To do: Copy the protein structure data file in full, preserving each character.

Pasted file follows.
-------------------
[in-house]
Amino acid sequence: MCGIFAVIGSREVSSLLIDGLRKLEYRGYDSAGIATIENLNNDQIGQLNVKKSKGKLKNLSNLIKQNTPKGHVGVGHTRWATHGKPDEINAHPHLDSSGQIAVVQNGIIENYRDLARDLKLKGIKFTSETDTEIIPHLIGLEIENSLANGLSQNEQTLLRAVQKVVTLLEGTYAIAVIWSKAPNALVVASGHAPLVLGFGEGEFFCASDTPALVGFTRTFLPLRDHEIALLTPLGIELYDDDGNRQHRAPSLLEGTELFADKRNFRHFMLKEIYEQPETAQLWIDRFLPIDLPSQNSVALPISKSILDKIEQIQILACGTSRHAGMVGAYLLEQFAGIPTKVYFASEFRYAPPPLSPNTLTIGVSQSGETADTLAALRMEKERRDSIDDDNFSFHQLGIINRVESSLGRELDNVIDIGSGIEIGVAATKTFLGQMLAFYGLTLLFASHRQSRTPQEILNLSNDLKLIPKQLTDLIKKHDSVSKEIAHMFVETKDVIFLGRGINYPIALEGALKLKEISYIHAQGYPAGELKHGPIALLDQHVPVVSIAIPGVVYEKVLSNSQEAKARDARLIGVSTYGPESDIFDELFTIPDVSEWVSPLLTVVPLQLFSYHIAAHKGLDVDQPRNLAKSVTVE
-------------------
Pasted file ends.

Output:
[in-house]
Amino acid sequence: MCGIFAVIGSREVSSLLIDGLRKLEYRGYDSAGIATIENLNNDQIGQLNVKKSKGKLKNLSNLIKQNTPKGHVGVGHTRWATHGKPDEINAHPHLDSSGQIAVVQNGIIENYRDLARDLKLKGIKFTSETDTEIIPHLIGLEIENSLANGLSQNEQTLLRAVQKVVTLLEGTYAIAVIWSKAPNALVVASGHAPLVLGFGEGEFFCASDTPALVGFTRTFLPLRDHEIALLTPLGIELYDDDGNRQHRAPSLLEGTELFADKRNFRHFMLKEIYEQPETAQLWIDRFLPIDLPSQNSVALPISKSILDKIEQIQILACGTSRHAGMVGAYLLEQFAGIPTKVYFASEFRYAPPPLSPNTLTIGVSQSGETADTLAALRMEKERRDSIDDDNFSFHQLGIINRVESSLGRELDNVIDIGSGIEIGVAATKTFLGQMLAFYGLTLLFASHRQSRTPQEILNLSNDLKLIPKQLTDLIKKHDSVSKEIAHMFVETKDVIFLGRGINYPIALEGALKLKEISYIHAQGYPAGELKHGPIALLDQHVPVVSIAIPGVVYEKVLSNSQEAKARDARLIGVSTYGPESDIFDELFTIPDVSEWVSPLLTVVPLQLFSYHIAAHKGLDVDQPRNLAKSVTVE